Nowadays you can get a 10 pack - Hero 616's for < $20 on ebay, so I don't think people buy spares anymore, doesn't seem like its economical.

 

My suggestion is that you should try out the Lamy EF nib first, and find out how long can it last.  Typically, with the thin nibs, they're rough in the beginning, and smoothen out after a few days of use. If you're not writing a few pages everyday, you should be good for more than a year.

post #1761 of 2621
Quote:
Originally Posted by Silent One View Post

Understood that Lamy offers Fine/Extra fine. Was trying to illustrate that Lamy's selections write "Happy." biggrin.gif For example, my Pilot Metal Falcon has a fine nib. My Fine nib with my Lamy writes much broader by comparison, like it's a Medium nib.

 

I'm a lifelong user of Rhodia paper. Have yet to use Clairefontaine - it's exciting that the latter bought out the former, making no changes and offers very high quality French paper in their own right.


Yes, Lamy's are smooth, but I used my Safari M with a Paperluxe Diary/Journal, and that thing used to feed on ink, making the M look like bold.

I think Lamy's are pre-smoothed, so they tend to be slightly wider. Other nibs I've used have been rough (but write thin) in the start, and smooth out as you use them.

post #1762 of 2621

Last hour, just minutes before midnight, it was Maintenance Monday! 

 

693616

 

 

Flushed my twin Pilot Metal Falcons and topped them off with their respective Pilot Iroshizuku inks: The beautiful Ajisai in the left; The stunning Murasaki-Shikibu (Lady Murasaki) in the right.wink.gif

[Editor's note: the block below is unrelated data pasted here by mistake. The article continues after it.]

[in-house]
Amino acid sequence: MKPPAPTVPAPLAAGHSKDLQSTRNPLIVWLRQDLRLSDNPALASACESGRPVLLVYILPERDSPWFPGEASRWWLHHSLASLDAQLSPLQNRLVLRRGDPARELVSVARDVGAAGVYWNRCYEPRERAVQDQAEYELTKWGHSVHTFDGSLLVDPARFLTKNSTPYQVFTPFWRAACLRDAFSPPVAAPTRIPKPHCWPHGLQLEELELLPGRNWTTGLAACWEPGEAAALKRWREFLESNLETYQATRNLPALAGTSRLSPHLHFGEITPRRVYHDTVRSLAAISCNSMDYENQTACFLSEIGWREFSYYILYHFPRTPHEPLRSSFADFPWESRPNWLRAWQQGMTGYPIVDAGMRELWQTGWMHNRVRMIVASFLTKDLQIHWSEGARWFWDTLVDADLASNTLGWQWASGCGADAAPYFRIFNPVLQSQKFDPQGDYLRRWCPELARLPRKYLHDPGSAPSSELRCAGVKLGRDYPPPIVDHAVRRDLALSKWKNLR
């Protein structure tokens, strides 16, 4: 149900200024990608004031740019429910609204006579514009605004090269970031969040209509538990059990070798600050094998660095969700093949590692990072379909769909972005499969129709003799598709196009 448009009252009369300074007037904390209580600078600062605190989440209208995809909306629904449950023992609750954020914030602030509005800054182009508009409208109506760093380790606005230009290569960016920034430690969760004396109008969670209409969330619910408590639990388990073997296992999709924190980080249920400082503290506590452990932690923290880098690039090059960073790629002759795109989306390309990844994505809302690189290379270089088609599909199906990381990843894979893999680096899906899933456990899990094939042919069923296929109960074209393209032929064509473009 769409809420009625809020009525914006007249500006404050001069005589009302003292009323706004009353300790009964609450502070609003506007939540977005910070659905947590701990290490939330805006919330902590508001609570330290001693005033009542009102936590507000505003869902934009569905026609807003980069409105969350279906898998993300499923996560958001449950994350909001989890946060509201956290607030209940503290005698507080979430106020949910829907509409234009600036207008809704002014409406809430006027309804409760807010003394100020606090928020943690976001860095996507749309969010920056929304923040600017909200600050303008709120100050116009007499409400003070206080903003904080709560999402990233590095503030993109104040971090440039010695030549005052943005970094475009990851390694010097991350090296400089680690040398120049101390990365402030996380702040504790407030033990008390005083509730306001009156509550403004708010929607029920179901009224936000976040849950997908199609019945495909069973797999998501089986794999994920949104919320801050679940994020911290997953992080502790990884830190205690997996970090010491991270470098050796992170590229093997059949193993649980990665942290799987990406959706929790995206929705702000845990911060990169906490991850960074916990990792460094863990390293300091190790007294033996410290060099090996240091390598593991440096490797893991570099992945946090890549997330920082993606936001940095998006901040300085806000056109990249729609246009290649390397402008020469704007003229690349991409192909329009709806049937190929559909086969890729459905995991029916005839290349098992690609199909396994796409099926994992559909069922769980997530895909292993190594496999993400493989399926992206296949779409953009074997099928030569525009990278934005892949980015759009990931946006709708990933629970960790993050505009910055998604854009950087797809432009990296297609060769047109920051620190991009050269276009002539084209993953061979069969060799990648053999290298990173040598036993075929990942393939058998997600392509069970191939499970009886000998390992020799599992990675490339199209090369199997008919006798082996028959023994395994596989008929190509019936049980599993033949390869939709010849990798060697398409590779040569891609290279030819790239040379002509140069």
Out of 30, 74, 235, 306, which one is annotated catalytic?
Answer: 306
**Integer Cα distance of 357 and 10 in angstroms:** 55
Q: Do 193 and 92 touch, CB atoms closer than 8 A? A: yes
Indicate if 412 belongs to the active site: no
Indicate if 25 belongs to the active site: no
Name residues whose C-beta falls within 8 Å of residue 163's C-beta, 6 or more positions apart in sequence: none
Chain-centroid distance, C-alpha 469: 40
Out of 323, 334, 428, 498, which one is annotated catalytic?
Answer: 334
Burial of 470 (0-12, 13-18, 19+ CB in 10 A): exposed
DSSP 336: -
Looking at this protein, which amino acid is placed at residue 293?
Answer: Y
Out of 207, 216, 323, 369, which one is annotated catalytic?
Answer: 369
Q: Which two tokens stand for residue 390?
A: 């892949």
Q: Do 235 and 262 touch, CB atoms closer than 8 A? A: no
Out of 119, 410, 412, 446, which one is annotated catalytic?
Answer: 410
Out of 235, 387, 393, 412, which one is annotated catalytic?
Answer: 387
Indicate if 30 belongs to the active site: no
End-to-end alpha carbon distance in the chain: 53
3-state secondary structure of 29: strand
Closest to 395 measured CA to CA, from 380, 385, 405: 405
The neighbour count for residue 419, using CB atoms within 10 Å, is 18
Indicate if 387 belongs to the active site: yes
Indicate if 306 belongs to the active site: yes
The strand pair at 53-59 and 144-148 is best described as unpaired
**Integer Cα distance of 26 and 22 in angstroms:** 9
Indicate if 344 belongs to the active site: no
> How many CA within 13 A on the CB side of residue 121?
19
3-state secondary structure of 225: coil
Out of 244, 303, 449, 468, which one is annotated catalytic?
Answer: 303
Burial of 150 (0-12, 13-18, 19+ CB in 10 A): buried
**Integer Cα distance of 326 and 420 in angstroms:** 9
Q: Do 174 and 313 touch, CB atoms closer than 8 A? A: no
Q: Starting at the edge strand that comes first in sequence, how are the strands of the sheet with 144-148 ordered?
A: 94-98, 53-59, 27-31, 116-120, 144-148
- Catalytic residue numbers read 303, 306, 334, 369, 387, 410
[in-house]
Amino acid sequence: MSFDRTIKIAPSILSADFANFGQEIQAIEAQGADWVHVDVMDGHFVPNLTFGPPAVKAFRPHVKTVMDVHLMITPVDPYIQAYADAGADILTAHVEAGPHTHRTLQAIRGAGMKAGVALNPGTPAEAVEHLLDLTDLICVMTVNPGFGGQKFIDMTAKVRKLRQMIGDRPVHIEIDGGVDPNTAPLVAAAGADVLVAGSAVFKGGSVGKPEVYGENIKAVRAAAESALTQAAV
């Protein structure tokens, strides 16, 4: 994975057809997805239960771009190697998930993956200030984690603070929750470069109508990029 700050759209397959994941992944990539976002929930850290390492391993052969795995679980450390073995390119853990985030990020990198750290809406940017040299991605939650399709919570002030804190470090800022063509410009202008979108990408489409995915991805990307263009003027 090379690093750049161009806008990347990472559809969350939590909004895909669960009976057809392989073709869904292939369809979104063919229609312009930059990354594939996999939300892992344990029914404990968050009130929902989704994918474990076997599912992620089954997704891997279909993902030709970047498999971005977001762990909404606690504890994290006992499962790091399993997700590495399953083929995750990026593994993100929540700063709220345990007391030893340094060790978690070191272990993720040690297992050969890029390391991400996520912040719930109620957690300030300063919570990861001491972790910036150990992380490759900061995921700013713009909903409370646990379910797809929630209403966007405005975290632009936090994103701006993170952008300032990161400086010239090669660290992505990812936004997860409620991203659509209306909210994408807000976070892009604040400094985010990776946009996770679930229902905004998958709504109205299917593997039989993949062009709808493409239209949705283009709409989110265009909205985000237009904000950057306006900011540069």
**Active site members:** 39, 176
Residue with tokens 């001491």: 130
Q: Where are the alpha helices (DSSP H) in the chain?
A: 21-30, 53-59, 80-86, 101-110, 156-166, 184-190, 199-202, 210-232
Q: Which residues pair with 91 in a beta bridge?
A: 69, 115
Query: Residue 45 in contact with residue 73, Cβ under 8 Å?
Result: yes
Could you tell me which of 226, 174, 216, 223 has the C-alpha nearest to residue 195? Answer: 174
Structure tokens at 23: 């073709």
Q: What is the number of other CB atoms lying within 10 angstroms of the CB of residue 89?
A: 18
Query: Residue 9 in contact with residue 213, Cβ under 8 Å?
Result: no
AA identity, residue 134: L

post #1763 of 2621

Always been writing with my trusty Pilot Hi-Tec-C 0.4 for many years. Finally got myself a Ti2 pen body as my plastic body nearly run out and extremely happy with it, I even swap out the standard blue for a sky blue.

 

On the other end... Pilot Clipless/Vanishing Point LE 2012 in fine coming in tomorrow.

post #1764 of 2621

Picked up a cheap fine point jinhao and a extra fine hero to test out and see what type of nib I like best, most likely it'll one of the two new ones since I think the medium is a bit too heavy for my handwriting.

post #1765 of 2621
Quote:
Originally Posted by Ra97oR View Post

On the other end... Pilot Clipless/Vanishing Point LE 2012 in fine coming in tomorrow.

 

Hoping for pics of your new gift, those are gorgeous pens.

post #1766 of 2621

I've always wanted a good quality pen and saw the Rotring Rapid Pro pens. I like how it's almost all black. What makes one pen different than the other? 

post #1767 of 2621
Quote:
Originally Posted by rawrster View Post

I've always wanted a good quality pen and saw the Rotring Rapid Pro pens. I like how it's almost all black. What makes one pen different than the other? 

You feel the need for owning it biggrin.gif

I have a Rapid Pro (pencil) and I like it. Nice and smooth feel, less balanced for me than a Rotring 600, but definitely worth a try if you like the look of it!

The writing experience with ballpoints vary with different refills.

post #1768 of 2621

I did some searching and there are a few pen shops near where I live but only one that is open on Saturdays which is when I can go. I think I can go and see what kind of pens I like after buying the Rotring one

post #1769 of 2621

The rotring is on sale at massdrop.com for $36 or something like that, I believe.

Edit : $29.67 + $2 shipping usa


Edited by Audius - 3/17/13 at 10:38pm
post #1770 of 2621

That's where I'm looking at :)